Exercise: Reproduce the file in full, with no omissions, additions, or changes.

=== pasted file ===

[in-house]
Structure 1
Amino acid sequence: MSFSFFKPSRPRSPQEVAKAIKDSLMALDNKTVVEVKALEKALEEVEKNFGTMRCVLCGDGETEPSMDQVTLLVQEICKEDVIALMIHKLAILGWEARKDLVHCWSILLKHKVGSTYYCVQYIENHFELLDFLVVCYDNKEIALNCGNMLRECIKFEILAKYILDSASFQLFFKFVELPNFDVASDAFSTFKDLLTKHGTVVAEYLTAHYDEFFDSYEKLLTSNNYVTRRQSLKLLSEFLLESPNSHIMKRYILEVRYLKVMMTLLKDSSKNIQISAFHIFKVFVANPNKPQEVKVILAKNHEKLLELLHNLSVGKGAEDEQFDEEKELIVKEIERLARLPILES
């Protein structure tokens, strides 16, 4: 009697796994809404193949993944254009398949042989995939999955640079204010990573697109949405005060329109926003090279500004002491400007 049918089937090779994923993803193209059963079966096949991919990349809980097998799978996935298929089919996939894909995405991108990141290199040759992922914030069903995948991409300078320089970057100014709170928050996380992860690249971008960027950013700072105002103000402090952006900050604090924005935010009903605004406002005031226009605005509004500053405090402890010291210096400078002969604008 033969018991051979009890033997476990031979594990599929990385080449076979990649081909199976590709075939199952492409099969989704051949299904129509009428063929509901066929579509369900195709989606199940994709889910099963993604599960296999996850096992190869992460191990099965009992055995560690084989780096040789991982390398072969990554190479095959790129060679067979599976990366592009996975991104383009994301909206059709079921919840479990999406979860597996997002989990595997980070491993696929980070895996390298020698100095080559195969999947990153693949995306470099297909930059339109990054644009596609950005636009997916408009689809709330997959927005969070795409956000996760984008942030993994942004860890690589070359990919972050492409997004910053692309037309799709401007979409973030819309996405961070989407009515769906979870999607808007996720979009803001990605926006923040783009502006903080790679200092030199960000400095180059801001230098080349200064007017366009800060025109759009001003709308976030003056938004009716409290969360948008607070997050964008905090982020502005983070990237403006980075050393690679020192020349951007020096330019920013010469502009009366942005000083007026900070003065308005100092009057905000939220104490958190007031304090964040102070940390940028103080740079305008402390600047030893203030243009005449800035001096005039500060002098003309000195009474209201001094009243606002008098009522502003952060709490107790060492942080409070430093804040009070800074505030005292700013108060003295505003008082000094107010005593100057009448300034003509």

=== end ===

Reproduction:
[in-house]
Structure 1
Amino acid sequence: MSFSFFKPSRPRSPQEVAKAIKDSLMALDNKTVVEVKALEKALEEVEKNFGTMRCVLCGDGETEPSMDQVTLLVQEICKEDVIALMIHKLAILGWEARKDLVHCWSILLKHKVGSTYYCVQYIENHFELLDFLVVCYDNKEIALNCGNMLRECIKFEILAKYILDSASFQLFFKFVELPNFDVASDAFSTFKDLLTKHGTVVAEYLTAHYDEFFDSYEKLLTSNNYVTRRQSLKLLSEFLLESPNSHIMKRYILEVRYLKVMMTLLKDSSKNIQISAFHIFKVFVANPNKPQEVKVILAKNHEKLLELLHNLSVGKGAEDEQFDEEKELIVKEIERLARLPILES
């Protein structure tokens, strides 16, 4: 009697796994809404193949993944254009398949042989995939999955640079204010990573697109949405005060329109926003090279500004002491400007 049918089937090779994923993803193209059963079966096949991919990349809980097998799978996935298929089919996939894909995405991108990141290199040759992922914030069903995948991409300078320089970057100014709170928050996380992860690249971008960027950013700072105002103000402090952006900050604090924005935010009903605004406002005031226009605005509004500053405090402890010291210096400078002969604008 033969018991051979009890033997476990031979594990599929990385080449076979990649081909199976590709075939199952492409099969989704051949299904129509009428063929509901066929579509369900195709989606199940994709889910099963993604599960296999996850096992190869992460191990099965009992055995560690084989780096040789991982390398072969990554190479095959790129060679067979599976990366592009996975991104383009994301909206059709079921919840479990999406979860597996997002989990595997980070491993696929980070895996390298020698100095080559195969999947990153693949995306470099297909930059339109990054644009596609950005636009997916408009689809709330997959927005969070795409956000996760984008942030993994942004860890690589070359990919972050492409997004910053692309037309799709401007979409973030819309996405961070989407009515769906979870999607808007996720979009803001990605926006923040783009502006903080790679200092030199960000400095180059801001230098080349200064007017366009800060025109759009001003709308976030003056938004009716409290969360948008607070997050964008905090982020502005983070990237403006980075050393690679020192020349951007020096330019920013010469502009009366942005000083007026900070003065308005100092009057905000939220104490958190007031304090964040102070940390940028103080740079305008402390600047030893203030243009005449800035001096005039500060002098003309000195009474209201001094009243606002008098009522502003952060709490107790060492942080409070430093804040009070800074505030005292700013108060003295505003008082000094107010005593100057009448300034003509």